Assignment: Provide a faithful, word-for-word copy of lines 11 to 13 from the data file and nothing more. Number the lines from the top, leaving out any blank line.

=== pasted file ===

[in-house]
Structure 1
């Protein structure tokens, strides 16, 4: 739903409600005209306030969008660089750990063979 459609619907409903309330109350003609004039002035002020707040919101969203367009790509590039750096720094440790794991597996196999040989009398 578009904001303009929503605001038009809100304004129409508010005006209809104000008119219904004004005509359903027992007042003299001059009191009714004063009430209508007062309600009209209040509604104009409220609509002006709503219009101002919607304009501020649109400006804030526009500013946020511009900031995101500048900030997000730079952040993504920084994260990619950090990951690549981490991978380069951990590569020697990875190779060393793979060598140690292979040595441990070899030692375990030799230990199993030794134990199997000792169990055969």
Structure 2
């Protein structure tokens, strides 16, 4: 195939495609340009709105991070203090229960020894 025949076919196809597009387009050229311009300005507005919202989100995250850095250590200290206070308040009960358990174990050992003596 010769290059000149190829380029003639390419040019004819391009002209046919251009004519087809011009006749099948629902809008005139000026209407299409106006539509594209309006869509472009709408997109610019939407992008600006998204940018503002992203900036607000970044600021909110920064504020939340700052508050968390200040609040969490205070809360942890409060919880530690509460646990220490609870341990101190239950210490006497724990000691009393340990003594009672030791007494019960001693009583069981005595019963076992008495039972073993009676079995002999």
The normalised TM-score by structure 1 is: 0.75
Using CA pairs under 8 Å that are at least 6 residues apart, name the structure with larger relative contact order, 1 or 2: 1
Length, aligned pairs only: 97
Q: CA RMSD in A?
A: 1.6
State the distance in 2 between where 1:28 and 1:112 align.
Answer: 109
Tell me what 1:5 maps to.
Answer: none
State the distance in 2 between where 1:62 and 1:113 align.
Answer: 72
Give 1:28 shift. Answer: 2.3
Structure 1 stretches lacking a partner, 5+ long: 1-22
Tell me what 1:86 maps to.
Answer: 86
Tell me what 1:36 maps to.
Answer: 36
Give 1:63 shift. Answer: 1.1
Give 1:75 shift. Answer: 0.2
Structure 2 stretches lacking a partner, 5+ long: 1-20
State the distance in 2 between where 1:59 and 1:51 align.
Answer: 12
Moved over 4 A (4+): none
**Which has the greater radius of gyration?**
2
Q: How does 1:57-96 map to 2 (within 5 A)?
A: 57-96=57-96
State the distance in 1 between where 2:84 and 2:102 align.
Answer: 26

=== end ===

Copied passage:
State the distance in 2 between where 1:28 and 1:112 align.
Answer: 109
Tell me what 1:5 maps to.